There’s this thing called NaNoWriMo. It stands for National Novel Writing Month and it happens in November. The basic premise is that it encourages writers to complete a 50,000 word novel between November 1 and November 30, writing approximately 2,000 words a day. There are kickoff events today and lots of cute reminders about it online, and while I might actually attend a NaNoWriMo event near me for fun, I’m not going to be writing a novel. At least, not a new novel.
I’ve written four novels in my life. You probably know about the first two, which were written for the Orthodox, Jewish community, and were sold in your local Judaica store. It took me one to two months to write each of those novels although the editing and publication process took longer.
My third novel is a bit more complicated. I wrote it over the course of several years. I edited and re-edited as my personal views and beliefs evolved. You will never see it in your Judaica store although the main character is an Orthodox Jew — or at least she starts out as one. It took me a long time to decide that I would try to get this book published. About six months ago, I started trying to find an agent. I know nothing about this process and there’s been a lot of trial and error, but I’m still working at it.
I just finished my fourth novel. I think it took about three months to write, but I’m not good with timelines, so it could have been less, could have been more. It’s based on a true story and was my first time writing an adult novel, as opposed to my first three, which have a teenage protagonist. This manuscript is in the early editing stages. I currently have a group of trusty Beta readers looking it over, but I asked them to give me a few weeks before responding with feedback because I needed an emotional break from the material.
So what will I be working on at the NaNoWriMo kickoff event that I plan to attend later today? I’m revisiting my second novel. Due to contract violations, my publisher no longer owns any rights to my first two novels and I’m free to do with them as I please. My first novel, Dancing in the Dark, is already available as an e-book and paperback on Amazon. During this month, I’ll be readying my second book, Stand Your Ground, to be sold on Amazon as well.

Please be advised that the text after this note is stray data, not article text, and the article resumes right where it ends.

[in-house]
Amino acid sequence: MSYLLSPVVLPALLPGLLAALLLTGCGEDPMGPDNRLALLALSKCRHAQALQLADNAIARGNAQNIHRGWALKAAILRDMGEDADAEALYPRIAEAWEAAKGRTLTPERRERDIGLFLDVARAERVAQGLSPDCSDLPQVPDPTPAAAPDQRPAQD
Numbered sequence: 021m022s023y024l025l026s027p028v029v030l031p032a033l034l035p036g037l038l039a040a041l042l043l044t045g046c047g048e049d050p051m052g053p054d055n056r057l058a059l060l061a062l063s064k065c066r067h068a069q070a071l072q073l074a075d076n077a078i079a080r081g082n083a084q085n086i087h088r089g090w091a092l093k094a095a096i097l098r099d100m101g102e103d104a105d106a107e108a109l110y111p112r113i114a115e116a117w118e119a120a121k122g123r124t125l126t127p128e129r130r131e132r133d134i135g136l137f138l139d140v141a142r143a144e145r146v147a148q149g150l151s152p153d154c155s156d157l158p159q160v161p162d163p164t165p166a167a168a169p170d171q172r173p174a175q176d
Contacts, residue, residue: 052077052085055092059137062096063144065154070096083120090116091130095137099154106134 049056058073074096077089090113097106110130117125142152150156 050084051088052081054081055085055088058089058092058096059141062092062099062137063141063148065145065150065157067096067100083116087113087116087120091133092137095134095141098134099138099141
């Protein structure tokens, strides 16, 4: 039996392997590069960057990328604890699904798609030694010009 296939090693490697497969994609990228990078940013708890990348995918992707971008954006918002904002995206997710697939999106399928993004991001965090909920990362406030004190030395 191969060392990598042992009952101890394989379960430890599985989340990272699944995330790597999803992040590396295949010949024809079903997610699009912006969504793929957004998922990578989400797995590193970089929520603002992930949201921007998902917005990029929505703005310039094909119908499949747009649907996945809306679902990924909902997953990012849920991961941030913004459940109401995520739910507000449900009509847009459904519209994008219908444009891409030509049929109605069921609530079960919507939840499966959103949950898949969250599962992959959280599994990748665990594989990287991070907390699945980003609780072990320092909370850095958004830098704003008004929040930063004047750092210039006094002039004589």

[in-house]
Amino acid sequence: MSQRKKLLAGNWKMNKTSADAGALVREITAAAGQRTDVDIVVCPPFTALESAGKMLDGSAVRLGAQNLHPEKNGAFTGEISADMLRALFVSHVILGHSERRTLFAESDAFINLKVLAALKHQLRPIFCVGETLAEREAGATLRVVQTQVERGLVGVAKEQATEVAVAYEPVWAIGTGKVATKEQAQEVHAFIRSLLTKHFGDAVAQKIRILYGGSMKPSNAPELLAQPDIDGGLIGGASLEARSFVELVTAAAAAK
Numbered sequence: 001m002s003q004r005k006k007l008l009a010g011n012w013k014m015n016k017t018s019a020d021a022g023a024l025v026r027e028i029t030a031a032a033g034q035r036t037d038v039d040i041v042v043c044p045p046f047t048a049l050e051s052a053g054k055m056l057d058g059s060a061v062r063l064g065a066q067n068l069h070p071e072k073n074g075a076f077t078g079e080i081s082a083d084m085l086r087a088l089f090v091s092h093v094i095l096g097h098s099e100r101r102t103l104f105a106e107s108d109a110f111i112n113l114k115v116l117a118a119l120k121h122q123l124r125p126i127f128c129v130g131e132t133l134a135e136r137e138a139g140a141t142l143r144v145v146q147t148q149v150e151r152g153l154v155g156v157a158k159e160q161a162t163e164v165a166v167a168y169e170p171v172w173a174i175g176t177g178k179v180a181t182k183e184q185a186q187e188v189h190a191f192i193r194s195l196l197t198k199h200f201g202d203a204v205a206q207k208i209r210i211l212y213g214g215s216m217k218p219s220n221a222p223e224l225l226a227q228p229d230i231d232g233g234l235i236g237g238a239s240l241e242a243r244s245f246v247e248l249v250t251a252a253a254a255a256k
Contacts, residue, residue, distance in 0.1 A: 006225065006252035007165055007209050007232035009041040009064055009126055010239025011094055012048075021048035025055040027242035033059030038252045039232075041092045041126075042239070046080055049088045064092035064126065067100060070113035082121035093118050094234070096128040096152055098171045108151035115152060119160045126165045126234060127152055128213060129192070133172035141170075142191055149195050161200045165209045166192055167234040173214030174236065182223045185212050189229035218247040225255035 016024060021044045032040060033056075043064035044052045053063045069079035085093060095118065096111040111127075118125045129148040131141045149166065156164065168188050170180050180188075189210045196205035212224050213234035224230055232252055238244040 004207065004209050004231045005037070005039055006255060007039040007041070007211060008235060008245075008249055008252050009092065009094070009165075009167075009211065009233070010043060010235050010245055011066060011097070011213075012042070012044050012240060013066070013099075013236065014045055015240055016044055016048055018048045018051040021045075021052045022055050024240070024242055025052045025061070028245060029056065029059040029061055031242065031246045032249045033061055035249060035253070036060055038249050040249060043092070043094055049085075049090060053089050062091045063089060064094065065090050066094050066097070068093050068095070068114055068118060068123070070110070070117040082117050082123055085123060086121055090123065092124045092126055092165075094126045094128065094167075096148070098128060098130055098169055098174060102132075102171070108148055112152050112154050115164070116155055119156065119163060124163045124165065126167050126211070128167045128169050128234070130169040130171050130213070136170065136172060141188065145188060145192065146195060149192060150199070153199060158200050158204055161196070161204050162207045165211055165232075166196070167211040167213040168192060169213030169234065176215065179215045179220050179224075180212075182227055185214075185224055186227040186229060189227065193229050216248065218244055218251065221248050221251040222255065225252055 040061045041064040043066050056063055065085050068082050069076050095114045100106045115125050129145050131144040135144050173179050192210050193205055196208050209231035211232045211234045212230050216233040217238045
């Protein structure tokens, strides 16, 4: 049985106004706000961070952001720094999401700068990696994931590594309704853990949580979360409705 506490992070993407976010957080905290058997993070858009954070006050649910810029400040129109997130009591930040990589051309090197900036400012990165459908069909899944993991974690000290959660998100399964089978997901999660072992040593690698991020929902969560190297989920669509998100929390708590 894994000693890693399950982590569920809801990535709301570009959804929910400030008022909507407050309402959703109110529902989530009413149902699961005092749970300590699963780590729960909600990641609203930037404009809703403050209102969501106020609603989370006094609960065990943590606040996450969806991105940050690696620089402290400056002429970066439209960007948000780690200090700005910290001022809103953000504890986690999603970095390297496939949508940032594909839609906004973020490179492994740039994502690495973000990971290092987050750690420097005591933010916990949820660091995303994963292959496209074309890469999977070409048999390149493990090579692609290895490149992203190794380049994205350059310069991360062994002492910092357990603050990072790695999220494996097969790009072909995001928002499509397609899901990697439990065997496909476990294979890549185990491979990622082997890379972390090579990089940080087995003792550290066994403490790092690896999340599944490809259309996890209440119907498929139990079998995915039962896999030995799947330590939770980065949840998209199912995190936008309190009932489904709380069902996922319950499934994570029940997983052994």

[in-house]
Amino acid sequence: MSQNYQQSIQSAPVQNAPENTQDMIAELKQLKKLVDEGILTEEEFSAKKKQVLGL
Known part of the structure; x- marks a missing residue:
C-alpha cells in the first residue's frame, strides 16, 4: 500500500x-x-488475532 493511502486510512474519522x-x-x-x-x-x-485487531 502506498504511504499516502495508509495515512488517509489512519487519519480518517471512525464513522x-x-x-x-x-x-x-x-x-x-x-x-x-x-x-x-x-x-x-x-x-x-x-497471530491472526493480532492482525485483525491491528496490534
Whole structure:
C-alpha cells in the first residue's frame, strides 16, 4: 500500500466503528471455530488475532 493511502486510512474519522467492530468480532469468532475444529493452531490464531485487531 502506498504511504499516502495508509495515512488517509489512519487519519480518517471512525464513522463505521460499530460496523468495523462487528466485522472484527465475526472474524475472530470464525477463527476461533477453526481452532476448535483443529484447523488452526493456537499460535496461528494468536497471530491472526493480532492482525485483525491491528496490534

Stand Your Ground underwent heavier editing than Dancing in the Dark. I’m not sure why the publishing company felt pressure to do this, but I was asked to take out many “questionable” things… and by questionable, I mean references to cell phones and email. I complied, because I didn’t want to limit the sales of my book, but it didn’t sit right with me. In addition, the ending of my book was drastically altered. Some people have commented that Stand Your Ground is relatively short for a novel, and that’s because is it. It started out at a decent length, but I had to chop so many chapters that it ended up noticeably shorter than a standard novel.
This month, I’ll be reversing many of the unnecessary changes to Stand Your Ground. When I’m done, it will still be a kosher novel. It will contain nothing scandalous or salacious, nothing to offend the senses of the average person. And that may be the biggest indication that this censorship by the Orthodox publishers has gone too far.
Although my fourth novel is at the earliest stages of creation, I haven’t decided what route I will go with regard to publishing. I would love for it to be sold in Judaica stores. It will have the biggest impact if it can be marketed as an average “frum” novel. However, I’m not willing to edit out the very things that make this book an important read. I will not water down the realities of this painful, true situation. I cannot allow this particular story to be censored.
I’ll keep you posted.